The portfolio approach is effective at explaining deposit dollarization.17 If domestic currency deposits yield higher returns than dollar-denominated deposits, one should expect lower deposit dollarization. 18 The econometric findings confirm (Table 2.1) in all cases that a positive interest differential reduces significantly deposit dollarization.19 Firms appear to be more sensitive to this spread. The portfolio view is further supported by the finding that a higher real deposit rate is associated (in most cases significantly) with lower levels of dollarization. Again, SSA is not different from other regions in this respect.

Four different measures to proxy for various aspects of policy outcomes are employed: capital account openness, external debt to GDP, M2 to GDP, and GDP per capita. Lower capital account openness should go along with restrictions on the use of foreign exchange that provides legal disincentives to hold foreign exchange. Higher external debt is likely to be linked to higher balances in foreign exchange by the entity that owes this debt.20

A higher level of financial development is likely to go along with better management and investment opportunities in domestic currency. Economic agents will prefer to hold currency in FX if the domestic financial sector is shallow and does not provide useful investment options. GDP per capita, in turn, is used as a proxy for several other potential market failures not captured by the other measures, such as economic and institutional factors that influence the development of local currency markets (Levy-Yeyati 2006).


  • Capital Account Openness. The results do not support the hypothesis that capital account openness has a significant impact on deposit dollarization. For the SSA sample, the capital account index has no significant impact on the level of dollarization. This could stem from the fact that the variation of capital account openness in SSA economies is very limited both across time and across countries. Porous borders and weak enforcement of capital controls in many countries could also explain this finding.

  • External Debt to GDP. Higher external debt tends to be associated with a higher share of foreign currency deposits. The lack of significance of this variable, nonetheless, could be explained by the debt relief initiatives of the last decade—Heavily Indebted Poor Countries and Multilateral Debt Relieve Initiative—and debt restructurings under IMF programs (such as Seychelles) that may have distorted this relationship over this time period.

  • Financial Sector Development. The econometric results for this variable are unambiguous: countries more financially developed—identified by higher M2/GDP ratios—have ceteris paribus lower levels of deposit dollarization. As the financial sector develops, and more financial products are offered in which domestic currency savings can be invested, dollarization naturally declines. Financial sector development presumably captures not only the diversity of investment products available but also a more stable macroeconomic environment.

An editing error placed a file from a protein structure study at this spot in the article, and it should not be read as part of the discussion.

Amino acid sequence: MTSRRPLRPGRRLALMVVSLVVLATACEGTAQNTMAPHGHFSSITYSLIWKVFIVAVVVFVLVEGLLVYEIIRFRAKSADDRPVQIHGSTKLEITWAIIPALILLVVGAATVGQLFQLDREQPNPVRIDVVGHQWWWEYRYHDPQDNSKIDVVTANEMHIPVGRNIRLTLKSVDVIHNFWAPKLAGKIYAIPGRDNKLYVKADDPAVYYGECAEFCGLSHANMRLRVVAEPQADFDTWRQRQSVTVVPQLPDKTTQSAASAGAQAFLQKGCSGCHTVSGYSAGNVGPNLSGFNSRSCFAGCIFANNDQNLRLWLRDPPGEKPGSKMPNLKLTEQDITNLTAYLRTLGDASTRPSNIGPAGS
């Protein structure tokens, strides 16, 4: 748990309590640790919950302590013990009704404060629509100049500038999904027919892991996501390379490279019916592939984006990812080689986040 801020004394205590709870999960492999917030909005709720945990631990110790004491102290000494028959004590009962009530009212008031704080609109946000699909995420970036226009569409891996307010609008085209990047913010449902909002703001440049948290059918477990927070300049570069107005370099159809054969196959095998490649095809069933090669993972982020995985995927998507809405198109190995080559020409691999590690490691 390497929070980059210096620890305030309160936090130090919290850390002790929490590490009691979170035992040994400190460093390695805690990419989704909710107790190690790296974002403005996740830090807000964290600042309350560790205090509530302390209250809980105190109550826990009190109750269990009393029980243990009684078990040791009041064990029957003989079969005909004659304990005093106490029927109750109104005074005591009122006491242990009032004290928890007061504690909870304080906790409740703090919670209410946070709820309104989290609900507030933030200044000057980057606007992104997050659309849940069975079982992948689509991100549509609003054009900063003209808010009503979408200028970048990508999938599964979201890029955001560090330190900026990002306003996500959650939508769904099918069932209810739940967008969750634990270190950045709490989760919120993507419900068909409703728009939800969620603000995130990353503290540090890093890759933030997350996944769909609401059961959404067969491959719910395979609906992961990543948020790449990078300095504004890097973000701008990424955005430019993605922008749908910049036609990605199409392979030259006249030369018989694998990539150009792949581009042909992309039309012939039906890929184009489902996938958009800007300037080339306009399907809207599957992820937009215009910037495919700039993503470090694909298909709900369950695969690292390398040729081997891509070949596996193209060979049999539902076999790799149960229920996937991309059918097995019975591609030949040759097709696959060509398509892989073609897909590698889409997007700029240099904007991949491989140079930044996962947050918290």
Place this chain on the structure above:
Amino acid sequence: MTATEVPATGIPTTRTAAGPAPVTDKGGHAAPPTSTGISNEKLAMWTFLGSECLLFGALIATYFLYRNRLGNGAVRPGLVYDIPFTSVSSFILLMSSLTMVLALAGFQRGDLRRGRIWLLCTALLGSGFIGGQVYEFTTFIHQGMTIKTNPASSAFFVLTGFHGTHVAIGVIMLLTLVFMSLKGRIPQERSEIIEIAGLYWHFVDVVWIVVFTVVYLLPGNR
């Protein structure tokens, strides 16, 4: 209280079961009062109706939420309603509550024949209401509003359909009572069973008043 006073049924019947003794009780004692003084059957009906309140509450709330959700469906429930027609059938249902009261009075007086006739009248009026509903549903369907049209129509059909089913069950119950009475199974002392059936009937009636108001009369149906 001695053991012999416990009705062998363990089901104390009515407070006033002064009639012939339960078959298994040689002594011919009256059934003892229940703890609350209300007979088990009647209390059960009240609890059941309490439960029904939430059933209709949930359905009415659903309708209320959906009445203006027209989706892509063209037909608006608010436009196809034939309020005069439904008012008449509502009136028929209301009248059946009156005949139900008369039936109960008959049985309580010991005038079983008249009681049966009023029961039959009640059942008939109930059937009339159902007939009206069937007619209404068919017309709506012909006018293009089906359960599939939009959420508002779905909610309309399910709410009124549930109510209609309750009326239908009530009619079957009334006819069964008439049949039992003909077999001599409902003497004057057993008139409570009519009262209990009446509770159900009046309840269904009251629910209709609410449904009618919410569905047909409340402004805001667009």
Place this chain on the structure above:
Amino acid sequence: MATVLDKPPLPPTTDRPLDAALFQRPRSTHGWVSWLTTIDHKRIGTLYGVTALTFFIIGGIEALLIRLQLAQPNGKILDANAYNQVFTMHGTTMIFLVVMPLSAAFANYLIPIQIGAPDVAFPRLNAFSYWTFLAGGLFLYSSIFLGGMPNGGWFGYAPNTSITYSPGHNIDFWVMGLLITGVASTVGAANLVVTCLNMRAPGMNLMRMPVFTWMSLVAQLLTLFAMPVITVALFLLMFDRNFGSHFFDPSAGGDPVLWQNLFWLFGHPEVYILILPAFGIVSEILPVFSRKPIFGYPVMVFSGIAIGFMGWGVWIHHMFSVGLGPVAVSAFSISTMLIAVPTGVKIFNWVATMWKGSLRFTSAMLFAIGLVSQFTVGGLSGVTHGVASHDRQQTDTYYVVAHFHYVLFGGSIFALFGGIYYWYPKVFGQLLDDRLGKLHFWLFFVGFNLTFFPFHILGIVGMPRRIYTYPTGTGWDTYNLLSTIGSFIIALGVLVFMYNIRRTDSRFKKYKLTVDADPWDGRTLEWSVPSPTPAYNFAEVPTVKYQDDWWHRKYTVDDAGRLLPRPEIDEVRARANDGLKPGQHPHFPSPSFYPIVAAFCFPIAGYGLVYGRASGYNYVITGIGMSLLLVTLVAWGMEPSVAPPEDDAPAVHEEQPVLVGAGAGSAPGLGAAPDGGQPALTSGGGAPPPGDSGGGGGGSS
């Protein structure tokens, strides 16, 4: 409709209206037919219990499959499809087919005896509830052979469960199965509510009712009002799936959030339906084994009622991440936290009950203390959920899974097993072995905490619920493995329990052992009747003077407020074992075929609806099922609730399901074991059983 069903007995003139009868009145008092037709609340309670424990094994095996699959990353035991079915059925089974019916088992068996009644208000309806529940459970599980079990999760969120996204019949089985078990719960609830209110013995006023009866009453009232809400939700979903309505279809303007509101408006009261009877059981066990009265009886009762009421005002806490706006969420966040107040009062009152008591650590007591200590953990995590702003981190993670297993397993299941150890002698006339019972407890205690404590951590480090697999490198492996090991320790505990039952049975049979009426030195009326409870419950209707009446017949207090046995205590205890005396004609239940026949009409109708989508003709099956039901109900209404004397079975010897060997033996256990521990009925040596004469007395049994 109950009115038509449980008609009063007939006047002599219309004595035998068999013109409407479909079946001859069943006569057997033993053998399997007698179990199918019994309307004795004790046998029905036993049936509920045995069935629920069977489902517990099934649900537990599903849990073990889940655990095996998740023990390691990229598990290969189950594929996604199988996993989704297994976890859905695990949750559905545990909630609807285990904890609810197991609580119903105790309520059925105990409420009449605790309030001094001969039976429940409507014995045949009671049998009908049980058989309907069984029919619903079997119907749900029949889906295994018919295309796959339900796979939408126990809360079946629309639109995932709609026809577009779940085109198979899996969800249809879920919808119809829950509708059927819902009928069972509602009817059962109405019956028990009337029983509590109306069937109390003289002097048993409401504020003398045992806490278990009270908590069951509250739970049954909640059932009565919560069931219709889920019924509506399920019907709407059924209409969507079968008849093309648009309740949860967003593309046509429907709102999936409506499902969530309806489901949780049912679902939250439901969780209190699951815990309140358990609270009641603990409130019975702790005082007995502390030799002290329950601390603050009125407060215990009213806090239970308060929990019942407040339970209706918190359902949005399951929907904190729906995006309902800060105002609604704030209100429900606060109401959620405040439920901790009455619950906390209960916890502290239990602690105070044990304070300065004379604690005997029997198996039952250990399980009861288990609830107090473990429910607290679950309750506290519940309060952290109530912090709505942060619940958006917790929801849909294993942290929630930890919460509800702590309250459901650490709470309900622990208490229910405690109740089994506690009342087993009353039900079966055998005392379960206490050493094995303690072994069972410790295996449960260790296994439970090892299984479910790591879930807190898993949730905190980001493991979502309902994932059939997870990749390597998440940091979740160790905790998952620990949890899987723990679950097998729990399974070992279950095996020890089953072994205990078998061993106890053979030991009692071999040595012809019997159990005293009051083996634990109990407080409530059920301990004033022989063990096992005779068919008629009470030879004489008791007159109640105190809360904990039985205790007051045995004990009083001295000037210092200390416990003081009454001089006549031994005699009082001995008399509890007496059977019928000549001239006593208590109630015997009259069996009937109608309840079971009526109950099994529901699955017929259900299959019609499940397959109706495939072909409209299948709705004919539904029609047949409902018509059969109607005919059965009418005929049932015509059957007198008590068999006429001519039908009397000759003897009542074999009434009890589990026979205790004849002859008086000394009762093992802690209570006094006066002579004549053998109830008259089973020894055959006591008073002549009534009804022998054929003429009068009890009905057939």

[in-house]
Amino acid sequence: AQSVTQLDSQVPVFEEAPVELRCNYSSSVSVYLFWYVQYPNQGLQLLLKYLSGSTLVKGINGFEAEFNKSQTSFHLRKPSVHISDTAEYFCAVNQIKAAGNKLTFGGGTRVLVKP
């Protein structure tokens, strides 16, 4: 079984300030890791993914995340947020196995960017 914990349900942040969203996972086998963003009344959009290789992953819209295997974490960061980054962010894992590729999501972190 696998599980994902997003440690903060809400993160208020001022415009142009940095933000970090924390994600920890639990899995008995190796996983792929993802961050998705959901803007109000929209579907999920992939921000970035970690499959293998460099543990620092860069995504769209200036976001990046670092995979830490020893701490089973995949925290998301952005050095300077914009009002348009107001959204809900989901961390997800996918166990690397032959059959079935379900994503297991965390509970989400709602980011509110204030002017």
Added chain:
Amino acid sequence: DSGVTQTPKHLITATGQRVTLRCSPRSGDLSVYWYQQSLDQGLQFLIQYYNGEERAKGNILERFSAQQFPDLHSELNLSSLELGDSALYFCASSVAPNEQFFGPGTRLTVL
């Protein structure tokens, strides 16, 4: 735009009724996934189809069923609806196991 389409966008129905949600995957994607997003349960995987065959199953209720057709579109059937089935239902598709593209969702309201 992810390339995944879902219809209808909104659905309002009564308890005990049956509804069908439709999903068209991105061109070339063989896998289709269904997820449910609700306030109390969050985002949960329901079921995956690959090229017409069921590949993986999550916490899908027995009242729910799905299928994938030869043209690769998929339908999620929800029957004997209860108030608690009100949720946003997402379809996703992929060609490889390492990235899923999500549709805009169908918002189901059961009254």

• Income per capita. Higher income per capita is associated with a marked decline in deposit dollarization, in particular in SSA countries. This is in line with expectations that income per capita proxies for economic and institutional factors that influence the development of local currency markets. Interestingly, results for the rest of the world are insignificant. This and the results on M2/GDP could suggest that for the rest of the world, money supply in percent of GDP is a sufficient indicator of financial sector development, while in SSA other factors are also important.

  • Access to foreign exchange Finance. A priori, de facto access to foreign exchange has an ambiguous impact on deposit dollarization. The ability to keep money overseas is expected to reduce domestic deposit dollarization. However, at the same time, banks can mobilize resources in foreign exchange, thus increasing their appetite for passing on the exchange rate risk while making use of (potentially cheaper) foreign funding. In fact, no robust relationship is found between the respective indicators and deposit dollarization.

  • Bank for International Settlements (BIS) Deposits and Loans to GDP. Results for this variable are not conclusive for either SSA or the rest of the world, suggesting that this is not a major determinant of domestic deposit dollarization, contrary to what has been suggested in the literature (for example, Levy-Yeyati 2006).